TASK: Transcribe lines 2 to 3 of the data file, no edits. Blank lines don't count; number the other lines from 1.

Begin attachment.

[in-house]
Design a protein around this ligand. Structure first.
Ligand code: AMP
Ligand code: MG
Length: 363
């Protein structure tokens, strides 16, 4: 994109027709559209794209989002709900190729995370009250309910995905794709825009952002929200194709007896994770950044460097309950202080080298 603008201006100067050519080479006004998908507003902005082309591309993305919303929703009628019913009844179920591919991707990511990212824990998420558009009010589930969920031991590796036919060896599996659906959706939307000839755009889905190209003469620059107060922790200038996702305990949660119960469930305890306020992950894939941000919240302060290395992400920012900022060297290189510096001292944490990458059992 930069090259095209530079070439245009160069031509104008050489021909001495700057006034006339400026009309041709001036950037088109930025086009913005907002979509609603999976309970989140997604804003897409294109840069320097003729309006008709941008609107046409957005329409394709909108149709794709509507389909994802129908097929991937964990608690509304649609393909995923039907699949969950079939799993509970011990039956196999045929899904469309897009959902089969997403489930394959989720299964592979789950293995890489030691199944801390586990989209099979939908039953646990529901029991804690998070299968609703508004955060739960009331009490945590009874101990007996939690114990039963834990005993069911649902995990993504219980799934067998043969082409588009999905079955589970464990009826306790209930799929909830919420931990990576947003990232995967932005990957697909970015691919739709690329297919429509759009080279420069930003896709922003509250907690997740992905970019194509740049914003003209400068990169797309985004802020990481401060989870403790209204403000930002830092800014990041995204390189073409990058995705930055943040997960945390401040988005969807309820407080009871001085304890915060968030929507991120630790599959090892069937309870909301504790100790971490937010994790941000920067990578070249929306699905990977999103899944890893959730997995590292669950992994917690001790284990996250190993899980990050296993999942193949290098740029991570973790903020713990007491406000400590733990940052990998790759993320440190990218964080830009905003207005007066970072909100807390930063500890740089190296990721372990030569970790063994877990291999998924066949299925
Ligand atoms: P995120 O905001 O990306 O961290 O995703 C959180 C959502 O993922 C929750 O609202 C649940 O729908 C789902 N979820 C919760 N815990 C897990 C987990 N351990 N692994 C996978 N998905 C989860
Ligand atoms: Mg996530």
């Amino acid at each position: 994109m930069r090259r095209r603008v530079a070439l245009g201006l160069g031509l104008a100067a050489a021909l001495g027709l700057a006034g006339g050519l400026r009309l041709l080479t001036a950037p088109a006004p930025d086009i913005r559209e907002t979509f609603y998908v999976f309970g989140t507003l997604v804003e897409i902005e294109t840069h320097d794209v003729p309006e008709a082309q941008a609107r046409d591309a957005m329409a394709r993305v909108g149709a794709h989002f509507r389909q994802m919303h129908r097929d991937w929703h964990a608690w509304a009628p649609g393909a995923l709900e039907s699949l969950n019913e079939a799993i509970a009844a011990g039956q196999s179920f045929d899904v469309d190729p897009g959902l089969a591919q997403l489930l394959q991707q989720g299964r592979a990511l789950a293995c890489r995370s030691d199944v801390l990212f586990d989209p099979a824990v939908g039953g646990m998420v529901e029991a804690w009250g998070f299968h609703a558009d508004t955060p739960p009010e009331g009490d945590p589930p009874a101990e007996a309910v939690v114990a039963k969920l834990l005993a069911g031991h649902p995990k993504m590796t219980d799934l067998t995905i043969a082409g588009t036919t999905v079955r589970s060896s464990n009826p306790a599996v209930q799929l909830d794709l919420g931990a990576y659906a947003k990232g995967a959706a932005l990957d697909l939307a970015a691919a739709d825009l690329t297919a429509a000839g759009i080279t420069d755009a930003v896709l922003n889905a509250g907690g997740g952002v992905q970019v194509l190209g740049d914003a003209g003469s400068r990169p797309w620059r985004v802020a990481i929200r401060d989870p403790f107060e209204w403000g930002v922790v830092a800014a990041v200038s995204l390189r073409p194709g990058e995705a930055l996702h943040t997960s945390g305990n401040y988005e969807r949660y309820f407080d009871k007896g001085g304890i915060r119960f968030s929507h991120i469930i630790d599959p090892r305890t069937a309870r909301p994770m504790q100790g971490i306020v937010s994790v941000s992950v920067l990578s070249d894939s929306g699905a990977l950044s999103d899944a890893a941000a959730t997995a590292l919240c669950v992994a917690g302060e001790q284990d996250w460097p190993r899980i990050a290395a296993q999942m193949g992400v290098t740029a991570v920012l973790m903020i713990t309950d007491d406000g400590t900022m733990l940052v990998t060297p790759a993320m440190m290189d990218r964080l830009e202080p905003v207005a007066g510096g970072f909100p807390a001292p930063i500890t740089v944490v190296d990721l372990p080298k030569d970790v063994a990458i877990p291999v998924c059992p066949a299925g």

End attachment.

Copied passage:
Design a protein around this ligand. Structure first.
Ligand code: AMP